Archive for August, 2006

Peaches

// August 2nd, 2006 // No Comments » // writing

My mother made us lunch every day before school and put it in a paper bag for us to take with us. She’d take care to make our favorite sandwiches, cut to perfection better than a deli, piled high with lettuce, tomato and dressing. She’d wrap this up in plastic. Then my Mom would take an apple, peach or pear and place it wrapped in a paper towel. Invariably, we would grab this bag without looking and upend the contents so that by the time lunch came, the sandwich would have an
exact crater made by the fruit. This was our own fault and we knew it.

We’d also get some homemade cookies and a personal note. I’d try to read this note ahead of time and pocket it because a note from your Mom at lunch was good for at least a few hours of good-natured teasing. I got picked on a lot as it was… I didn’t need to give them reasons.

One day, I was in a hurry to get to my ride. Sometimes my grandfather, Pa, picked us up early to get to school. Other times we’d walk to a bus. But invariably, we were late leaving the house, our shirts not tucked in, our ties still not tied. We were trailing homework from our books and had to grab various things on the way, a book, our coats, our shoes. It was almost a reverse circuit of the house that we had made the previous afternoon. Clever detectives could probably deduce how old each child was and often how badly they had to go to the bathroom, because the trail would end there.

In such a hurry, I grabbed the bag on the counter. “Don’t forget your lunch, my Mom called from the front door. She’d hold it open and kiss us all good-bye on the way out. It was a safer way of making sure she’d gotten each child, kissed them good-bye, wished them a good day, blessed them with a sign of the cross on their forehead. My parents gave
communion each Sunday at church and it carried over through the week. She could also quickly administer any first-aid on the way out, because she was the resident doctor of the house, as well.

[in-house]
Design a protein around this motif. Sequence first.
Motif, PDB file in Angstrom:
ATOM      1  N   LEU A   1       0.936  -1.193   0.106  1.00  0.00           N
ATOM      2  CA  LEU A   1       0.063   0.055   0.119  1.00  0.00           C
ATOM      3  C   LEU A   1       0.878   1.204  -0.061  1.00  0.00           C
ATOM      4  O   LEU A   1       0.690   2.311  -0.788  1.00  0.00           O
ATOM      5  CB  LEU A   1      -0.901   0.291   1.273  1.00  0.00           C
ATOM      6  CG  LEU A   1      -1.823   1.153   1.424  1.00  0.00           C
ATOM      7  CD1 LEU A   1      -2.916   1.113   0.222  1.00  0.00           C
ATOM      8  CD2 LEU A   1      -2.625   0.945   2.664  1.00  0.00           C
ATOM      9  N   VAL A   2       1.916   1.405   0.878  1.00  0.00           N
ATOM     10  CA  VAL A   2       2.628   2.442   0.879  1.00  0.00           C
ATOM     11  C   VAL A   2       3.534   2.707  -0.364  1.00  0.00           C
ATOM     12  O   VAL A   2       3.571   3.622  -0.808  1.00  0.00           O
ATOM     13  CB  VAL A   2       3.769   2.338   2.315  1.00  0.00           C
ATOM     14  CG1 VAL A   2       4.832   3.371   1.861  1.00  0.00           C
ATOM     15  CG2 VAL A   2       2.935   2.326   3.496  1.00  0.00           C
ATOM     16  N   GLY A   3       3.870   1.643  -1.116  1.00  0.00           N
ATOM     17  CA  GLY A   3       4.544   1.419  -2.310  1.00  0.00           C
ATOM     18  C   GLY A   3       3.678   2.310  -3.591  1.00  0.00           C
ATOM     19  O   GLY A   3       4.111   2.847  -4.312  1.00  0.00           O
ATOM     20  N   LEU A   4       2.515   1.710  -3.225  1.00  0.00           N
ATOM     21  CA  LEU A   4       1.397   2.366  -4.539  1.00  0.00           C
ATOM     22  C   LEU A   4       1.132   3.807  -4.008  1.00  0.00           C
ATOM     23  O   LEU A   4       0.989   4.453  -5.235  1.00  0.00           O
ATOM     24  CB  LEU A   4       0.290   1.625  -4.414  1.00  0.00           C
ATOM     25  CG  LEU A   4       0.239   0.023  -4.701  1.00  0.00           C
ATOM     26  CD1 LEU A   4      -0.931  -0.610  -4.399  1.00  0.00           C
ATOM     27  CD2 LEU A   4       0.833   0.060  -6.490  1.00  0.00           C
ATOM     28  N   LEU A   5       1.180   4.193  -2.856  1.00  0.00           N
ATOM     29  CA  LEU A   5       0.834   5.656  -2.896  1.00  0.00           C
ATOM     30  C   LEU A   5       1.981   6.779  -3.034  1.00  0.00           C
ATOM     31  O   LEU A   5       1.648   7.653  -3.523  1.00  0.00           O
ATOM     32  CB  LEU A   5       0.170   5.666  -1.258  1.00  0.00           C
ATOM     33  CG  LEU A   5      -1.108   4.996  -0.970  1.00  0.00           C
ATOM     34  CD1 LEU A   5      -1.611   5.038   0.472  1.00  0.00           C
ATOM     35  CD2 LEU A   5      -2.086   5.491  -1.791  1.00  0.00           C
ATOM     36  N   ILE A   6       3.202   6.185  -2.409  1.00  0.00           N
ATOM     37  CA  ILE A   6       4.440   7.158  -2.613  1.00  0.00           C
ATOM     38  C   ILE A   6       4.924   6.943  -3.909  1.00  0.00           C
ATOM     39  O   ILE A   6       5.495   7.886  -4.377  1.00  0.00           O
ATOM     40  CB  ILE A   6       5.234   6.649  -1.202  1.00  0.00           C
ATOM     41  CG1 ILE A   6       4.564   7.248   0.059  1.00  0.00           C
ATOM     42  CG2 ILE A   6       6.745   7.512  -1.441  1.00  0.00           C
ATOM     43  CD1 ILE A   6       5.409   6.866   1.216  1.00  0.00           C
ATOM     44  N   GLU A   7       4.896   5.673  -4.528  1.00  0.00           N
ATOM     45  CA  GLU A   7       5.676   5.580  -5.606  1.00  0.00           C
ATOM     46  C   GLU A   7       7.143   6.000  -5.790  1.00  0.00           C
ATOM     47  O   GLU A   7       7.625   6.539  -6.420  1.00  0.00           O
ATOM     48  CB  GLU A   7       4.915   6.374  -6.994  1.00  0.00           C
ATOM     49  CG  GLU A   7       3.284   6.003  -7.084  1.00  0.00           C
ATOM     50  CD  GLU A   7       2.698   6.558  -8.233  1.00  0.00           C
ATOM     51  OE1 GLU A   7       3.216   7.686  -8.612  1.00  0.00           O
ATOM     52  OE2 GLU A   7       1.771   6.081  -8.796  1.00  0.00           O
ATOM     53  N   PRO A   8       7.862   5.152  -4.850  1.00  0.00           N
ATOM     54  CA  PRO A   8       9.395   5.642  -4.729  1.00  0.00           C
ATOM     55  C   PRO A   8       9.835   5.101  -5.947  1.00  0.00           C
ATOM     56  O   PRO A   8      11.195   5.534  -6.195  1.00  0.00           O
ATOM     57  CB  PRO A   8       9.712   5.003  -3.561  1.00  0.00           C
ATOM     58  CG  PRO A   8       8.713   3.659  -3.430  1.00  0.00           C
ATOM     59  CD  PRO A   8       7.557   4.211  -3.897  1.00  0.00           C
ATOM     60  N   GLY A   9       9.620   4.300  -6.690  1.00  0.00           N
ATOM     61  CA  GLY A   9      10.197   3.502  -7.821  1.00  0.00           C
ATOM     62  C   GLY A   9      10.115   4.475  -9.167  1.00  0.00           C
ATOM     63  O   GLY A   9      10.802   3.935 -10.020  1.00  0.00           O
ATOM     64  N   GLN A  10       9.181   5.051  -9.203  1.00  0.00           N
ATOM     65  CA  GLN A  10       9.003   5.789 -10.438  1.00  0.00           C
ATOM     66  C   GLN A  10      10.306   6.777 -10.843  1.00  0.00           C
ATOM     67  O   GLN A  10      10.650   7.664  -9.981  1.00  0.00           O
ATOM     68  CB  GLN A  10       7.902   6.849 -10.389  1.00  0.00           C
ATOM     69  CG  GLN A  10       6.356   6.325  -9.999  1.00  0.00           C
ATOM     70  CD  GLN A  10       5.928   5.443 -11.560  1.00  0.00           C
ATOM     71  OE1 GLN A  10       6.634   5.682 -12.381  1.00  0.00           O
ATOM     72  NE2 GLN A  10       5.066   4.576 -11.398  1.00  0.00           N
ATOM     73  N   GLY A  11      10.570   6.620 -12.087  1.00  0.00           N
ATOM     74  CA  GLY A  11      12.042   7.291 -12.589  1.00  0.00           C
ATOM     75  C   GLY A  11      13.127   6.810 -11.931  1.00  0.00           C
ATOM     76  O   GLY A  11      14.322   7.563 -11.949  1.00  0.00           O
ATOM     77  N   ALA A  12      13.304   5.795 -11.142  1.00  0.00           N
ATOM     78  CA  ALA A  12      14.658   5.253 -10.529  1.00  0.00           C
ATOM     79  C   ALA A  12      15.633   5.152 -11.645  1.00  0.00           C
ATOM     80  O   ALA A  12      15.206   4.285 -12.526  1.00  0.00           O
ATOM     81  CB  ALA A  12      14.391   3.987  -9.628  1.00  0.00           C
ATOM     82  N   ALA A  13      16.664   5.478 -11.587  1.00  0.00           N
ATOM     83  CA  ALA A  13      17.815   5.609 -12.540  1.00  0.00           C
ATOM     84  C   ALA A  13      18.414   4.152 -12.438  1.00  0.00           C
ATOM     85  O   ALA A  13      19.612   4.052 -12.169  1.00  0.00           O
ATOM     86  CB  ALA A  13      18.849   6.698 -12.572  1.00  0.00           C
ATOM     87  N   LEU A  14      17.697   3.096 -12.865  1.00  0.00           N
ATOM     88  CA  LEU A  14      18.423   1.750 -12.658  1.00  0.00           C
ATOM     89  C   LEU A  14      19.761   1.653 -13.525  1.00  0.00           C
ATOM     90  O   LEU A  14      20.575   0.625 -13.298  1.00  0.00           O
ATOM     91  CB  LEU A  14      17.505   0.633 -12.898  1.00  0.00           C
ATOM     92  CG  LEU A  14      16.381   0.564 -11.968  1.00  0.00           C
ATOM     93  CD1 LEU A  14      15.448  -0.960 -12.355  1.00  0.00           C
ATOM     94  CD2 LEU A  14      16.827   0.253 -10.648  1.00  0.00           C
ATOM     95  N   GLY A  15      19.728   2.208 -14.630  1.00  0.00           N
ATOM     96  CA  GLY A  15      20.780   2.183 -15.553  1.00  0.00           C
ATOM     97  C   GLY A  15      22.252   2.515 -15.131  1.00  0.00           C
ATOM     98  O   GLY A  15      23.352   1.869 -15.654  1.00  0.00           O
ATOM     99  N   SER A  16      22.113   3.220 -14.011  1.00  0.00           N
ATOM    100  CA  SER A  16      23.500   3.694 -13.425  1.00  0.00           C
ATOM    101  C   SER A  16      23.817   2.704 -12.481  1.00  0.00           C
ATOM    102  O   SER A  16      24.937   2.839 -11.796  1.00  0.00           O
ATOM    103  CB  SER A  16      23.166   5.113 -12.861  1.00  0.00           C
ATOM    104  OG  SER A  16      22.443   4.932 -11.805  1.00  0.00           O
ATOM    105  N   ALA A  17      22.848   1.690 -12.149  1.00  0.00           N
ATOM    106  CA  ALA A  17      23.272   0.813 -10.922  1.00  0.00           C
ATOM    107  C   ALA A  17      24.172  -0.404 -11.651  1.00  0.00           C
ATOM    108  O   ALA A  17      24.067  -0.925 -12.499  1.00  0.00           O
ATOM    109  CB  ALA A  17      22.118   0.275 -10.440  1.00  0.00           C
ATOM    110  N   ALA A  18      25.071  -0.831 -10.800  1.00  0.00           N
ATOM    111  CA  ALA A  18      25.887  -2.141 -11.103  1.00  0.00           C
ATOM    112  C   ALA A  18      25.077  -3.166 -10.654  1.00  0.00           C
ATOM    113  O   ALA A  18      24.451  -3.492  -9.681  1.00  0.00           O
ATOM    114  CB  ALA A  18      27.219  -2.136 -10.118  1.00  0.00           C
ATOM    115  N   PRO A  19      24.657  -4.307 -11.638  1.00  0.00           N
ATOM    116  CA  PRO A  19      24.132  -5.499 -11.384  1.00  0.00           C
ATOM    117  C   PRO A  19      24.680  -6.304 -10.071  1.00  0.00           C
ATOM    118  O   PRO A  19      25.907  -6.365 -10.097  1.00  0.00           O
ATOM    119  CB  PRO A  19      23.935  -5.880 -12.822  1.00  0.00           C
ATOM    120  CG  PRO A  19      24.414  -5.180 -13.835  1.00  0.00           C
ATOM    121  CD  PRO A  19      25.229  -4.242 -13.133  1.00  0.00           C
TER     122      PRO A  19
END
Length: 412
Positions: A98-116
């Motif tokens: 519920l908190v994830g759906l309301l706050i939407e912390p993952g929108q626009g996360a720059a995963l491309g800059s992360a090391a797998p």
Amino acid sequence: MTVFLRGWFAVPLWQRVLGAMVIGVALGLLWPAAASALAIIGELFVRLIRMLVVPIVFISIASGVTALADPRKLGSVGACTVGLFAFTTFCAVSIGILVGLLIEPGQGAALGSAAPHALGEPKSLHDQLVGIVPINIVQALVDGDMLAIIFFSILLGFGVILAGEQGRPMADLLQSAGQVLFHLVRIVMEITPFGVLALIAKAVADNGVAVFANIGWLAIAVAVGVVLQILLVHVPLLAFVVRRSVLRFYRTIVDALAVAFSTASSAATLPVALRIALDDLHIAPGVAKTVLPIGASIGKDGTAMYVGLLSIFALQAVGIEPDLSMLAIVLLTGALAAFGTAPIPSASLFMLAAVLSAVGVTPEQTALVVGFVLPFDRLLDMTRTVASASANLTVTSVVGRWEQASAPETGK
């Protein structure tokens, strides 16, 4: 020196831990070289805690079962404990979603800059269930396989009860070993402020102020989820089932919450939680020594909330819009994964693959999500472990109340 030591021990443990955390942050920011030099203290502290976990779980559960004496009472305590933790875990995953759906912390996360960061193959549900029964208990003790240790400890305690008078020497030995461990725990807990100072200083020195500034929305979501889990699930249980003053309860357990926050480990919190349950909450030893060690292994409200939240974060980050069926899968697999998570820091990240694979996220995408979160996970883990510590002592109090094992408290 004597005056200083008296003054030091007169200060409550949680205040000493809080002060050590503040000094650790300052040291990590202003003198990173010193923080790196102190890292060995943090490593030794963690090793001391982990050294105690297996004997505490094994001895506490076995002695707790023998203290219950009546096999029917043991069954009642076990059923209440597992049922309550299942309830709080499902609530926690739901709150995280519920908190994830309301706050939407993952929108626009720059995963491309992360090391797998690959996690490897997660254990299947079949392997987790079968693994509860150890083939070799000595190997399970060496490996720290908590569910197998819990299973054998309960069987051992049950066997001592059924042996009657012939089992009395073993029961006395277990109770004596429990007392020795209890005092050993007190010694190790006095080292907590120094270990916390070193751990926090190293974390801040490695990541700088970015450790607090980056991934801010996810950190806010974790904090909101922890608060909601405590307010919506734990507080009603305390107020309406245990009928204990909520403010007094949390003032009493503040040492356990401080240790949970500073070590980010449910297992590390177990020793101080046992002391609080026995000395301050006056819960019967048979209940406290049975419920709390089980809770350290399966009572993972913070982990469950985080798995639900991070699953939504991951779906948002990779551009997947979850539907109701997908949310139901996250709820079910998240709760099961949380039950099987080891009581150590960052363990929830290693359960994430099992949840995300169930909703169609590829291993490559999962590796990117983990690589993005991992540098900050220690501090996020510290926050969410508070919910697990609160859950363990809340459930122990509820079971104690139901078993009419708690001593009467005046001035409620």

If anyone sneezed or coughed on the way out, it was also an excuse to lift their heads and check down their throat for redness. My mother would ask us to tilt our heads back and say, “Aaaaaah!” which was almost automatic, because she’d tilt it for us and we’d react in stunned surprise. It was almost as if she wanted to sneak up on the germs and
surprise them out of our bodies. It certainly caught us by surprise. Finding nothing, she’d send us on our way, off to wreak havoc outside of the house.

When I finally got to school, my friend, Kevin was there. He lived down the street from me and his parents and mine were friends. I saw that he had a lunch bag similar to mine. I said, “Did your Mom make your lunch, too?”

He said, “No, Danny, this is your lunch. Your Mom gave it to me to give to you.”

“But I already have my lunch! See?” I held up my bag which had gotten nice and soft at the top, very pliable, the way I liked it. Some people like their lunch bags stiff and unblemished, but I think it’s easier to carry this way. And if you’re a nervous kid, it’s a great thing to grab and crush when something uncertain wakes you up in the morning before
you’re ready.

“Your Mom gave me yours. She said that you took a bag of peaches.”

“I- what?” I opened the bag and started laughing with Kevin. Inside the bag were five peaches… not my lunch, which I’d been expecting.

I thanked Kevin and laughed again as he ran to his locker. Then I stared at the peaches in my hand. I thought about my Mom, not only making lunch, saying goodbye, blessing me and checking my throat… but also somehow getting my lunch to Kevin down the street before he went to school. I thought about the note in my lunch bag, the real one. I wanted
to well up with tears and bawl. There were 5 peaches in this bag and there were 5 of us besides my Mom. She bought peaches for everyone in the house but her. I have to take these home. I’m going to fail the family if I don’t get these peaches home!

When I got home, my Mom and I had a long laugh over my taking the peaches to school with me. Then we laughed even harder when I told her I brought them home again. She said that I was silly that I should have shared them with my friends. She pulled out another paper bag and there were 5 more peaches in the bag. It took a long time to stop laughing
long enough to eat them!